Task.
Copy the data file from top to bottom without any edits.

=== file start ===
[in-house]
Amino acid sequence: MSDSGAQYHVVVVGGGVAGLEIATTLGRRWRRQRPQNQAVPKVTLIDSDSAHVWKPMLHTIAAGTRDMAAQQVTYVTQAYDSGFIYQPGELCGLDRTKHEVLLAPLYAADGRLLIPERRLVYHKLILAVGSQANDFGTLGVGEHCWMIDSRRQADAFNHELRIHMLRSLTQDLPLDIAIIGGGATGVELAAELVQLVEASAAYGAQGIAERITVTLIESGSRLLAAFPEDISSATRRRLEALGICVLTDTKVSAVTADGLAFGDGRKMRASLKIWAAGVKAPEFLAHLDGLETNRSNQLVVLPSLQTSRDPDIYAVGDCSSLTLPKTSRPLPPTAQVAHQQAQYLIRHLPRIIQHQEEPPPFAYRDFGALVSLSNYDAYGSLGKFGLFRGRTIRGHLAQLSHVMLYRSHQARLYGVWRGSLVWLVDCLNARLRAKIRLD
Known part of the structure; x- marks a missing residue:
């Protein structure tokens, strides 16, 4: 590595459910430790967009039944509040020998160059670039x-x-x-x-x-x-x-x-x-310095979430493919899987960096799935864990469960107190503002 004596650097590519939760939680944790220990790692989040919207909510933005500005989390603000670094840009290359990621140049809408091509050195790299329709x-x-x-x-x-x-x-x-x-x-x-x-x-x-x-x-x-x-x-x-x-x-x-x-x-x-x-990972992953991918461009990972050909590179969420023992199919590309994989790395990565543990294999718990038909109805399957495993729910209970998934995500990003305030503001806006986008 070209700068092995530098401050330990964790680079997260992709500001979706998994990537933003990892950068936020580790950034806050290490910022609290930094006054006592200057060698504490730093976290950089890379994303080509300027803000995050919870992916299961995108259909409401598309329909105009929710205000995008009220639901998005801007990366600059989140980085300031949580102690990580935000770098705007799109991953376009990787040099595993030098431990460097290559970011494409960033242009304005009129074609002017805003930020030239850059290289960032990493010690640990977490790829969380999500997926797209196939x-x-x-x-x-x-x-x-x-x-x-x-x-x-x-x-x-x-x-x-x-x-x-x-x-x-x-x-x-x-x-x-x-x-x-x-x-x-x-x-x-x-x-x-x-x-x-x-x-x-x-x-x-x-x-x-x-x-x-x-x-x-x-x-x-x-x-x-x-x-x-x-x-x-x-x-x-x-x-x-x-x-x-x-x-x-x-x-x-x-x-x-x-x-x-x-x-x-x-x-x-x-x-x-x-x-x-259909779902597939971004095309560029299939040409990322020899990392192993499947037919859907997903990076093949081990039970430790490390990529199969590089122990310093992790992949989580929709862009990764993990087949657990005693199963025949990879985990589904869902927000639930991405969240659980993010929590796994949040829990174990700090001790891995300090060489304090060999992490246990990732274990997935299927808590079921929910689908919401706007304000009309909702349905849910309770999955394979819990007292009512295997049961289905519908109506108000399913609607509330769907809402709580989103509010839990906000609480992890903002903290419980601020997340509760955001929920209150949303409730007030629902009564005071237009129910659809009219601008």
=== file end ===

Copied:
[in-house]
Amino acid sequence: MSDSGAQYHVVVVGGGVAGLEIATTLGRRWRRQRPQNQAVPKVTLIDSDSAHVWKPMLHTIAAGTRDMAAQQVTYVTQAYDSGFIYQPGELCGLDRTKHEVLLAPLYAADGRLLIPERRLVYHKLILAVGSQANDFGTLGVGEHCWMIDSRRQADAFNHELRIHMLRSLTQDLPLDIAIIGGGATGVELAAELVQLVEASAAYGAQGIAERITVTLIESGSRLLAAFPEDISSATRRRLEALGICVLTDTKVSAVTADGLAFGDGRKMRASLKIWAAGVKAPEFLAHLDGLETNRSNQLVVLPSLQTSRDPDIYAVGDCSSLTLPKTSRPLPPTAQVAHQQAQYLIRHLPRIIQHQEEPPPFAYRDFGALVSLSNYDAYGSLGKFGLFRGRTIRGHLAQLSHVMLYRSHQARLYGVWRGSLVWLVDCLNARLRAKIRLD
Known part of the structure; x- marks a missing residue:
């Protein structure tokens, strides 16, 4: 590595459910430790967009039944509040020998160059670039x-x-x-x-x-x-x-x-x-310095979430493919899987960096799935864990469960107190503002 004596650097590519939760939680944790220990790692989040919207909510933005500005989390603000670094840009290359990621140049809408091509050195790299329709x-x-x-x-x-x-x-x-x-x-x-x-x-x-x-x-x-x-x-x-x-x-x-x-x-x-x-990972992953991918461009990972050909590179969420023992199919590309994989790395990565543990294999718990038909109805399957495993729910209970998934995500990003305030503001806006986008 070209700068092995530098401050330990964790680079997260992709500001979706998994990537933003990892950068936020580790950034806050290490910022609290930094006054006592200057060698504490730093976290950089890379994303080509300027803000995050919870992916299961995108259909409401598309329909105009929710205000995008009220639901998005801007990366600059989140980085300031949580102690990580935000770098705007799109991953376009990787040099595993030098431990460097290559970011494409960033242009304005009129074609002017805003930020030239850059290289960032990493010690640990977490790829969380999500997926797209196939x-x-x-x-x-x-x-x-x-x-x-x-x-x-x-x-x-x-x-x-x-x-x-x-x-x-x-x-x-x-x-x-x-x-x-x-x-x-x-x-x-x-x-x-x-x-x-x-x-x-x-x-x-x-x-x-x-x-x-x-x-x-x-x-x-x-x-x-x-x-x-x-x-x-x-x-x-x-x-x-x-x-x-x-x-x-x-x-x-x-x-x-x-x-x-x-x-x-x-x-x-x-x-x-x-x-x-259909779902597939971004095309560029299939040409990322020899990392192993499947037919859907997903990076093949081990039970430790490390990529199969590089122990310093992790992949989580929709862009990764993990087949657990005693199963025949990879985990589904869902927000639930991405969240659980993010929590796994949040829990174990700090001790891995300090060489304090060999992490246990990732274990997935299927808590079921929910689908919401706007304000009309909702349905849910309770999955394979819990007292009512295997049961289905519908109506108000399913609607509330769907809402709580989103509010839990906000609480992890903002903290419980601020997340509760955001929920209150949303409730007030629902009564005071237009129910659809009219601008």